George Floyd’s death proved to be the catalyst for mass protests around the country and the world, galvanising the Black Lives Matter movement that dominated news channels for large parts of 2020, and continue to this day. Pictured: Demonstrators walk along Pennsylvania Avenue as they protest the death of George Floyd, May 29, 2020

‘Their interest is not necessarily about investigating a crime. … Their interest is to put these kids in their place.’ 

Kueng and Lane were both in their first few months working as officers on the police force, with the call-out being part of their field training.

The video obtained by the Star Tribune bears a striking resemblance to the events leading up to the death of George Floyd in Minneapolis on May 25, 2020.

Chauvin is facing charges of unintentional second-degree murder and second-degree manslaughter after he pressed his knee into the neck of Floyd, a black man, for eight minutes during an arrest on May 25

Chauvin is facing charges of unintentional second-degree murder and second-degree manslaughter after he pressed his knee into the neck of Floyd, a black man, for eight minutes during an arrest on May 25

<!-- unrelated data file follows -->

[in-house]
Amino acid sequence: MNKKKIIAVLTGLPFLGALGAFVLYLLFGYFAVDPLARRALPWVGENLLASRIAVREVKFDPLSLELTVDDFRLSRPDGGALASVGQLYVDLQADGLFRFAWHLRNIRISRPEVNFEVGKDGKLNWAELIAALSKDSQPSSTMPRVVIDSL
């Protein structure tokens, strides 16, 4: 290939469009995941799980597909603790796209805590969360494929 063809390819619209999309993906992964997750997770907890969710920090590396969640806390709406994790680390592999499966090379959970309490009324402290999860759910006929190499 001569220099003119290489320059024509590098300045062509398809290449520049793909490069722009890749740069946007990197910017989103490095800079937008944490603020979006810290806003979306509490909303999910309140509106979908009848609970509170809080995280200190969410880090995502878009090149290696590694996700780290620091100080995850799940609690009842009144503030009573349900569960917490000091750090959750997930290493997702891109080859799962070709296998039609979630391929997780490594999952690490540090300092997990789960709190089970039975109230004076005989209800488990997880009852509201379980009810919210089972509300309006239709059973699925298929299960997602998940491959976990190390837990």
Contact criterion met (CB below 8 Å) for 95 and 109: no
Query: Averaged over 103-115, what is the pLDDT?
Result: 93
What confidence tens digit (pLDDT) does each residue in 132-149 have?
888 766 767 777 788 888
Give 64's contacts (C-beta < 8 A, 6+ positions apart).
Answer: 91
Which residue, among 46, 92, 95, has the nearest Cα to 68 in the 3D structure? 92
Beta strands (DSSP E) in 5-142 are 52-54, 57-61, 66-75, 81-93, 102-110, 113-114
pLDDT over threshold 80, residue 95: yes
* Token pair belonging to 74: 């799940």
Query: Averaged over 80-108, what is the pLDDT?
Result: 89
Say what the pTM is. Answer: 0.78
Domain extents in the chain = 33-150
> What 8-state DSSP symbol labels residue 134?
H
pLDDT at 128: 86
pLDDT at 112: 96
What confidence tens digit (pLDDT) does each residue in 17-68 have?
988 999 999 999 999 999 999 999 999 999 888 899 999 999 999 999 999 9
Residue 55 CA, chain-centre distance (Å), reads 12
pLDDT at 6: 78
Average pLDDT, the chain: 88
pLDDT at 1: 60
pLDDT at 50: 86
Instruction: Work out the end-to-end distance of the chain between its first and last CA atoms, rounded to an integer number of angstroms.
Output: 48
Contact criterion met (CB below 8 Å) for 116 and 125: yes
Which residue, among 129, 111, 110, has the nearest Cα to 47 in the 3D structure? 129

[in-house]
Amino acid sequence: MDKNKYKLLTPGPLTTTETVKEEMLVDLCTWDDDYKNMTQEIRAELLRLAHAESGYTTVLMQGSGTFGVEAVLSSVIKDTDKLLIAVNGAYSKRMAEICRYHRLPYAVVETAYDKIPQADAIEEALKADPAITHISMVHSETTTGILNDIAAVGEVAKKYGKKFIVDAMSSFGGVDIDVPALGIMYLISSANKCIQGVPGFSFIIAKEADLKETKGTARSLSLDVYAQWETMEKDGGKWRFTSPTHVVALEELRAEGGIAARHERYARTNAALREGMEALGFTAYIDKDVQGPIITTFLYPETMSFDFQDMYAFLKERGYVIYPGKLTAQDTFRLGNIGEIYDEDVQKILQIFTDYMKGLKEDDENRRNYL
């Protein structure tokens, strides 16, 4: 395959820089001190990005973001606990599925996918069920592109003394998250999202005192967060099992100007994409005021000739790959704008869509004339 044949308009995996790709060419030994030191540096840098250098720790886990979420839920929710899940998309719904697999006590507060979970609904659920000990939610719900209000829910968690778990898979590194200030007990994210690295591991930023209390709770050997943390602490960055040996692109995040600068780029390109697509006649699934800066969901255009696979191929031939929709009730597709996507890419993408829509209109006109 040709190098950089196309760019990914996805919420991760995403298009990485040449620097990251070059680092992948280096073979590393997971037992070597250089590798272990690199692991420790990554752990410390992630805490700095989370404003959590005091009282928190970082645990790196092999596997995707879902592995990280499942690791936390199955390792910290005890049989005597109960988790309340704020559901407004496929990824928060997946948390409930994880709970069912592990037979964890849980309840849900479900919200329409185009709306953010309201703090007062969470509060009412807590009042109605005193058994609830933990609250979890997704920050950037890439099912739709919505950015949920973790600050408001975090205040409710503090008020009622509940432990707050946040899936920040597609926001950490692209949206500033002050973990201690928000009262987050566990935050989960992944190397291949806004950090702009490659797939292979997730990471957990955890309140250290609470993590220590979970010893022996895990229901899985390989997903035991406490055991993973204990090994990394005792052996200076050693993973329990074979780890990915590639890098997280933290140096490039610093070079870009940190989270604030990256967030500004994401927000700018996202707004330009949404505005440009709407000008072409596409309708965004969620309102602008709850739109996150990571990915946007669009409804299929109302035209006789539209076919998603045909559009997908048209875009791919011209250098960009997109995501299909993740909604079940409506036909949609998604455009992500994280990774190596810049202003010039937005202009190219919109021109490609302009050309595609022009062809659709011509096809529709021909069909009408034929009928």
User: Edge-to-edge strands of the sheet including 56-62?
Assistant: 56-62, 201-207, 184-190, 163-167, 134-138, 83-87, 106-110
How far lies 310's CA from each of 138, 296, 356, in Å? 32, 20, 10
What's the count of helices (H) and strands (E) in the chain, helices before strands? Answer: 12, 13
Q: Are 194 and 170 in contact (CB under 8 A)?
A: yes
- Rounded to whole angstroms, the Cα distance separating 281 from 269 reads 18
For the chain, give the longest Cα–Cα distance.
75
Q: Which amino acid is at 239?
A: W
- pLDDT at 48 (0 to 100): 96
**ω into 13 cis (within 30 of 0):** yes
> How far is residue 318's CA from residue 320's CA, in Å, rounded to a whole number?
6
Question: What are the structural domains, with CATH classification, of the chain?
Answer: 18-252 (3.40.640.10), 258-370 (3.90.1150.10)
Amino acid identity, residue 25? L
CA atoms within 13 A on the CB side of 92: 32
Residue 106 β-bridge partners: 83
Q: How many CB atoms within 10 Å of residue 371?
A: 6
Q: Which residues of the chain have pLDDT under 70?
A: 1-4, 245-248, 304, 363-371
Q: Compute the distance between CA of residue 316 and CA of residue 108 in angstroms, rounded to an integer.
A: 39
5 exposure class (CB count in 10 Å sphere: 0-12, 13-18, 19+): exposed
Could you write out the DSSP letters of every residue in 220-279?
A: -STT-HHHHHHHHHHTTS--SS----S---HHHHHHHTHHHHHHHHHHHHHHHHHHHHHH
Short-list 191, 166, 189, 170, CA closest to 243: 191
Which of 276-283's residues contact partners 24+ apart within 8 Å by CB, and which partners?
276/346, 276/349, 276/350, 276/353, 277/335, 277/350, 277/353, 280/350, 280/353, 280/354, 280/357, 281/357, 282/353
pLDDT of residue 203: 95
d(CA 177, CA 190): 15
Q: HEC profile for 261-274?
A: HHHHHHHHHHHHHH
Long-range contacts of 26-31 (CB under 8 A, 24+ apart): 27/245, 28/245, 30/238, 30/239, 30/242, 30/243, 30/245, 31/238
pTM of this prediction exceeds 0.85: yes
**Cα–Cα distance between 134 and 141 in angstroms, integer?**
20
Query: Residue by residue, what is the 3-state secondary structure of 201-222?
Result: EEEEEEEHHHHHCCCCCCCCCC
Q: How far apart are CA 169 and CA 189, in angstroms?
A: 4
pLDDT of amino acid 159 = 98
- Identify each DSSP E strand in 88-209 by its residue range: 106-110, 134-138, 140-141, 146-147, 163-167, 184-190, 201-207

As in the case of Floyd, the officers also ignored pleas from bystanders as he was aggressively detained, with Chauvin kneeling on his neck for over eight minutes, leading to the 46-year-old father’s death.

Chauvin, Lane and Kueng were all suspended from the Minneapolis Police Department and are facing criminal charges over the death of Floyd. Since then, Chauvin’s history of aggressive encounters has come to light.

George Floyd’s death proved to be the catalyst for mass protests around the country and the world, galvanising the Black Lives Matter movement that dominated news channels for large parts of 2020, and continues to this day.